“Clare’s Law may help a few individuals but we need to help the majority of victims – not the few. The most effective way to save lives on a large scale is to improve police practice and protect the vital services run by specialist organisations like Refuge. Let’s get our priorities right.”

Lily Greenan, chief executive of Scottish Women’s Aid, fully supports the scheme. She said:

“Clare’s Law allows people who are concerned about the behaviour of their partner now have the right to ask if they have a history of abuse.

“We are supporting it because anything that potentially helps to prevent domestic abuse against a person is worth having a go at. The levels of domestic abuse in Scotland are very high, and these can become quite extreme before people feel that they can contact the police about it.

“We see the law as a pro-active approach to try and encourage people who feel uncomfortable about what their partner is doing to quietly enquire about whether or not there is a history of domestic abuse.

“Obviously it is not a replacement for a criminal investigation if what is happening to them is already definable as abuse but it may be helpful to some people to have that information in advance.”

According to the Scottish government website, the number of reported incidents of domestic abuse last year reached 60,080, a rise of almost a third in a decade.

Half of all incidents recorded in 2012-13 led to the recording of a crime or an offence, and of these, 78 per cent were reported to the procurator fiscal.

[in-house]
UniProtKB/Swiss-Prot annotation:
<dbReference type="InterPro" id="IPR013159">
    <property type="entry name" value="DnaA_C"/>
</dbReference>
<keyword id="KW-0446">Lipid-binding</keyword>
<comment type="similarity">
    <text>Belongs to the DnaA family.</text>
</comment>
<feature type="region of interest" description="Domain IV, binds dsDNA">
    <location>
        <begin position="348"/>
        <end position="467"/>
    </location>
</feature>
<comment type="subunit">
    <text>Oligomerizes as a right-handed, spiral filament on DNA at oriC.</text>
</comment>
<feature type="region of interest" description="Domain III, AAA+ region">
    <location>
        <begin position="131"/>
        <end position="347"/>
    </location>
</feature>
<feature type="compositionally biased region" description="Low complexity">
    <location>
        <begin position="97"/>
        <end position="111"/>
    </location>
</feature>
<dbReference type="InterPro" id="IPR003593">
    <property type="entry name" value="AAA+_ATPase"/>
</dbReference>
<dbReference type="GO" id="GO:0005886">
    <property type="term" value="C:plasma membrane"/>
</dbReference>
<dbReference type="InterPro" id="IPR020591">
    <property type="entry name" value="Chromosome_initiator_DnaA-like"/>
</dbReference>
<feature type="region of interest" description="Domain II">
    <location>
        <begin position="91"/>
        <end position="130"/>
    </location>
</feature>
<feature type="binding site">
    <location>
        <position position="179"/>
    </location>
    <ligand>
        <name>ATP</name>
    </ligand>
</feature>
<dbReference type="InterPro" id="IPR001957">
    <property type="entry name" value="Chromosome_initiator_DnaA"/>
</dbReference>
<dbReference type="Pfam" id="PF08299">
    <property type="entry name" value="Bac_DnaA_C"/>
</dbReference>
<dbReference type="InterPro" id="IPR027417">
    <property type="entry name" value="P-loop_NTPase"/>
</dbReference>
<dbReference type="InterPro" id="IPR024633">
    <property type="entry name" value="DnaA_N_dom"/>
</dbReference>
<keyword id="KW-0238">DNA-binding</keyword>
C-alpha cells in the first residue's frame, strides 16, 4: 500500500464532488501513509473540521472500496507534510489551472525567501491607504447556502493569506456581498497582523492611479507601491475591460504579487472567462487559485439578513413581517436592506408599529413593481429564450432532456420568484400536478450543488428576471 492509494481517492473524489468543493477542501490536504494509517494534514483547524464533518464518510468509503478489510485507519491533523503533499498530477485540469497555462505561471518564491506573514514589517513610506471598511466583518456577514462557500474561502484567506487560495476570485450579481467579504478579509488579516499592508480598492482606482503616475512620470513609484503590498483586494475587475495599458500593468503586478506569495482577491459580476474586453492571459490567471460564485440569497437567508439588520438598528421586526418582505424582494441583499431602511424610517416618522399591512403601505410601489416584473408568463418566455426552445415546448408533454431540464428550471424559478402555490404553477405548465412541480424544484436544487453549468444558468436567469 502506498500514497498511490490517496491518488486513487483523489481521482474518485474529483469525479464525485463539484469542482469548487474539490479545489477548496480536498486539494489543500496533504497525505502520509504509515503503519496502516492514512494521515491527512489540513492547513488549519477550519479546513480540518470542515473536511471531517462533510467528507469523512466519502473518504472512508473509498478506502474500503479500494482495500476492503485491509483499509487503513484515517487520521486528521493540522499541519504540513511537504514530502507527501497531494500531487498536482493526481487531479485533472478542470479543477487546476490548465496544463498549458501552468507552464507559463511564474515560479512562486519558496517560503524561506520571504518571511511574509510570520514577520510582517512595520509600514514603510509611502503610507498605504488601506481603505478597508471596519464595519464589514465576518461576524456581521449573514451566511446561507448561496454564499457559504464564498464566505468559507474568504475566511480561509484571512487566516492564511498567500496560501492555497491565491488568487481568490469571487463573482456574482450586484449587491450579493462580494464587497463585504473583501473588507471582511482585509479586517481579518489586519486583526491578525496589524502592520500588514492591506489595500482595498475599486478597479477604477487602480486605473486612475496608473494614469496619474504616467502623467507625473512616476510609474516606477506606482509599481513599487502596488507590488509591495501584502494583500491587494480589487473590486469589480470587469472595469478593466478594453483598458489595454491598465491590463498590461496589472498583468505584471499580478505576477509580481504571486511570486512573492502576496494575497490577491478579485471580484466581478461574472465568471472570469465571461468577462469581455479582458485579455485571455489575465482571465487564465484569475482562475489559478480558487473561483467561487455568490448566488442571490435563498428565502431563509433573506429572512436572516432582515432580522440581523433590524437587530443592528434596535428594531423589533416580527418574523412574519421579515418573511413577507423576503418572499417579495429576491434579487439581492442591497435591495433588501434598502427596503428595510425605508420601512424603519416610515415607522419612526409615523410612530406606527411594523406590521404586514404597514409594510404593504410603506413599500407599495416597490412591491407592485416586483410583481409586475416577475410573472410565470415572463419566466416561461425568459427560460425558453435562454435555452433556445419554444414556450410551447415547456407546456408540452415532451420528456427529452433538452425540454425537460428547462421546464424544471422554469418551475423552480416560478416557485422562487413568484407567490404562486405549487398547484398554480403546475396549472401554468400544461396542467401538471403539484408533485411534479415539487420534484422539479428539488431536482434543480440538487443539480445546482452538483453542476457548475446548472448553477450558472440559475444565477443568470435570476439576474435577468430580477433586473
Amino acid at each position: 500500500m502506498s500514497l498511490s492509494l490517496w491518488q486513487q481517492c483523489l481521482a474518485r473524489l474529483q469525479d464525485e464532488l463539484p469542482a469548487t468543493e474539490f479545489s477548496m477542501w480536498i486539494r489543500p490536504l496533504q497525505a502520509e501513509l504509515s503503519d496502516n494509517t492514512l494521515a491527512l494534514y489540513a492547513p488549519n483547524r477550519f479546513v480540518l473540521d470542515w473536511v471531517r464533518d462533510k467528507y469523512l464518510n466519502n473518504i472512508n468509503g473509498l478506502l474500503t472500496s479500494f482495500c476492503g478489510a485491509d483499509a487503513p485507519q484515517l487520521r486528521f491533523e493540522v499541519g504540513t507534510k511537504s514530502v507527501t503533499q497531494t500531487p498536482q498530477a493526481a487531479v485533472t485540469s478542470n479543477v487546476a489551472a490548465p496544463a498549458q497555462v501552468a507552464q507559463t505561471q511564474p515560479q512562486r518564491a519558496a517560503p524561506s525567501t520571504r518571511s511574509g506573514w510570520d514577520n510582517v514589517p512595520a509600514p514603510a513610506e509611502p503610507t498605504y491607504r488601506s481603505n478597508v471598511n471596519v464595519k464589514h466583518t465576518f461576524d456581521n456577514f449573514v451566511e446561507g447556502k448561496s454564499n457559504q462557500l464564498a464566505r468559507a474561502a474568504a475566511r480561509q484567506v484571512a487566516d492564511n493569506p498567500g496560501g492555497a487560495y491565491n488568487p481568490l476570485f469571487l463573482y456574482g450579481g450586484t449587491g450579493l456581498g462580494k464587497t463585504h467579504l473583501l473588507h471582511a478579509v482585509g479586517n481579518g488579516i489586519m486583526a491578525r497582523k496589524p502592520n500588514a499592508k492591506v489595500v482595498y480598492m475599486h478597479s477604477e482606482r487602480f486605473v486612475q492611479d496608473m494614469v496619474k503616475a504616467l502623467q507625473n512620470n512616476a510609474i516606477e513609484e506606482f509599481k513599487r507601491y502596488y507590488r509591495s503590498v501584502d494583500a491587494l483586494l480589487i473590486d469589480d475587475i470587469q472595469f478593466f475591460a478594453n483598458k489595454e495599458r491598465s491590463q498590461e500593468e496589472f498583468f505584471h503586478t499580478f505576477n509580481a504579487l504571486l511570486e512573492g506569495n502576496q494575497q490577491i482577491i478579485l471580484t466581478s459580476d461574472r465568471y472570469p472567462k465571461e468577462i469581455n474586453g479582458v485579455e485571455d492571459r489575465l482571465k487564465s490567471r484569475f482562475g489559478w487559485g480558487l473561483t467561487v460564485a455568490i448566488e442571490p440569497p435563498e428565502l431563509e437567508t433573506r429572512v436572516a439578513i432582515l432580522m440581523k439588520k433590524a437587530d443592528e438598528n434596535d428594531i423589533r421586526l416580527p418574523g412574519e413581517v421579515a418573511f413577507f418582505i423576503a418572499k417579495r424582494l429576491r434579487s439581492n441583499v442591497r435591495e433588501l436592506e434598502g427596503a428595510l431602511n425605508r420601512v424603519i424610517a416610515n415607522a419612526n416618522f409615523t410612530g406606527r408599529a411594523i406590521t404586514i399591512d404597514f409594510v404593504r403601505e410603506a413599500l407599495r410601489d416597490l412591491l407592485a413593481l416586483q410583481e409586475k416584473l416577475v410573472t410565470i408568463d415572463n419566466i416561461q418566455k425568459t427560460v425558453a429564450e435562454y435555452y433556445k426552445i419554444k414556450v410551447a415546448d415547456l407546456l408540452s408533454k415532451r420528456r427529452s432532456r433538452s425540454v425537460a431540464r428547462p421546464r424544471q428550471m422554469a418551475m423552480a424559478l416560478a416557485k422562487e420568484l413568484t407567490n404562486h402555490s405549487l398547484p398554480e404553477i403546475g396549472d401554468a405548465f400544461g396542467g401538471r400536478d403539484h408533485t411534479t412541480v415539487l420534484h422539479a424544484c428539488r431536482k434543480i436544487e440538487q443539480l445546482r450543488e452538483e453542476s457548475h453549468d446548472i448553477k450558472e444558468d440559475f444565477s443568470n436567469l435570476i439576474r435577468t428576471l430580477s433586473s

Factors which may increase women’s vulnerability to some types of violence include age, disability and poverty.

Clare Wood’s father, Michael Brown, believes that had his daughter been able to access information on Appleton’s criminal history it may have saved her life.

Local charity launches appeal for homeless children

By Arantxa Barrachina

AN ONLINE campaign launched yesterday to give Christmas presents to homeless children across Scotland.

The Social Media Santa campaign will deliver presents to homeless children by working with housing and homelessness charity Shelter Scotland.

According to the new statistics, 21 per cent of children in Edinburgh live in poverty. More than 4,000 children will be homeless in Scotland this Christmas.

Social media users are encouraged to buy presents for boys and girls from the age of 6 months to 16 years old. Gifts can be ordered or bought and sent to Shelter Scotland office in Edinburgh by 12th December.

Everyone who buys a gift can post a photo of it on social media using the hashtag #SocialMediaSanta

The campaign was launched by Ross McCulloch, Director of Third Sector Lab, a specialist digital agency working with charities and social enterprises.

Ross McCulloch said: “Twitter users can make a real difference to homeless children in Scotland this Christmas. By sending gifts like books, toys or games, we are hoping that Social Media Santas will help make this Christmas better for hundreds of children and their families across Scotland.”

Graeme Brown, Director of Shelter Scotland, said: “Social Media Santa is an innovative and generous way of using social media to help bring a little bit of Christmas cheer to homeless families and their children.

“No child should be homeless at Christmas but we know there will be more than 4,000 children homeless this festive season across Scotland, so we will carry on our campaigning until there’s a home for everyone. Until then, we will always be grateful for the kindness and generosity of fundraisers and members of the public who donate to help our clients.

“On behalf of all the children and families already helped, we say a big thank you to Ross McCulloch and all the Social Media Santas across Scotland. We now look forward to receiving and distributing the results of this year’s campaign.”

For the last three years social media users have been participated giving a Christmass gift for homeless children. Last year, Shelter Scotland charity have  received a whopping 227 gifts.